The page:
“Employers traditionally evaluated their benefit plans based on the level of various benefits selected by employees,” Gemus said. “Now, benefit selection data can be viewed alongside employee needs, so that employers can focus on improving the financial wellness of the employees that need it most, as well as the broader financial needs of the company’s workforce overall. “Prutection ScoreSM will enable employers to gear their benefit and educational programs to encourage employees to take advantage of benefits that will improve their financial well-being,” said Gemus.
The Prutection Score SM is a measure of how prepared a group of employees are for the risks of (1) pre-mature death, (2) loss of income due to an illness or injury and (3) out of pocket expenses related to an illness or injury. For each of the three risks, the Prutection Score SM is the ratio of Funds Available to Funds Needed which are estimated using employee demographic information, Prudential survey data and a variety of credible external industry and government sources. The Prutection Score SM is not intended to advise you or any of your employees what their specific financial needs might be or the exact amount of coverage any one individual might need now or in the future. The resulting scores are to be used for an entire group of employees or large demographics within a group. Results are not to be used at an individual level. Individuals should contact a financial professional regarding your personal situation.
Prudential is not responsible for uses made of this information inconsistent with the description provided here Prutection Score SM is a service mark of The Prudential Insurance Company of America.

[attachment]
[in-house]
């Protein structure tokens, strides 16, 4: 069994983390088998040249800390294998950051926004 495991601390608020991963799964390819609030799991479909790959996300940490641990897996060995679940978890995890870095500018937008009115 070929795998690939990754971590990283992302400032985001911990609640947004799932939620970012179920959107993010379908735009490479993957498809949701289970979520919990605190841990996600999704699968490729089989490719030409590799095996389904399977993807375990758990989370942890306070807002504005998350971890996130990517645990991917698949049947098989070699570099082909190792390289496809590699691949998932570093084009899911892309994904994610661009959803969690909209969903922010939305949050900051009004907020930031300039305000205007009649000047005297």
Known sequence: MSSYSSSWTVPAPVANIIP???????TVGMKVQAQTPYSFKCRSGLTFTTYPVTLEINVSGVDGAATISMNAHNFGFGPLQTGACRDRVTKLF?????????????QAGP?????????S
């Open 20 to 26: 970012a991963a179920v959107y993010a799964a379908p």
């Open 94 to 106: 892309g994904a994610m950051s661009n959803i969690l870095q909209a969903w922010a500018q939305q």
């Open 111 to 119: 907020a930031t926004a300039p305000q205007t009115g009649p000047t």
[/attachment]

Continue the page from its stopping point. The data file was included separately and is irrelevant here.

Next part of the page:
Prudential Group Insurance manufactures and distributes a full range of group life, long-term and short-term disability and corporate and trust-owned life insurance in the U.S. to institutional customers primarily for use in connection with employee and membership benefit plans. The business also sells critical illness, accident, accidental death and dismemberment and other ancillary coverages and provides plan administrative services in connection with its insurance coverages. Group Insurance coverages strive to facilitate protection from risks that are difficult to predict, thus fostering overall financial wellness for employees and their families.
Prudential Financial, Inc. (NYSE:PRU), a financial services leader, has operations in the United States, Asia, Europe and Latin America. Prudential’s diverse and talented employees are committed to helping individual and institutional customers grow and protect their wealth through a variety of products and services, including life insurance, annuities, retirement-related services, mutual funds and investment management. In the U.S., Prudential’s iconic Rock symbol has stood for strength, stability, expertise and innovation for more than a century. For more information, please visit http://www.news.prudential.com/ .
Group coverages issued by The Prudential Insurance Company of America, 751 Broad Street, Newark, NJ 07102.
- Small businesses big winner with reinstatement of Health Reimbursement Arrangements
- Insuretech startups Hippo, Lemonade on the attack against agents who sell homeowners coverage in California
- 4 industry trends to watch for in 2017
- Shopping up, enrollment channels shift for Medicare Part D as more consumers rely on brokers
- Why companies can’t get marketing right
- Optimism rebounding among independent P&C agencies; leads to aggressive growth plans in 2017
- Lessons from the U.K.’s bold new retirement initiatives
- Annual review of client needs only makes sense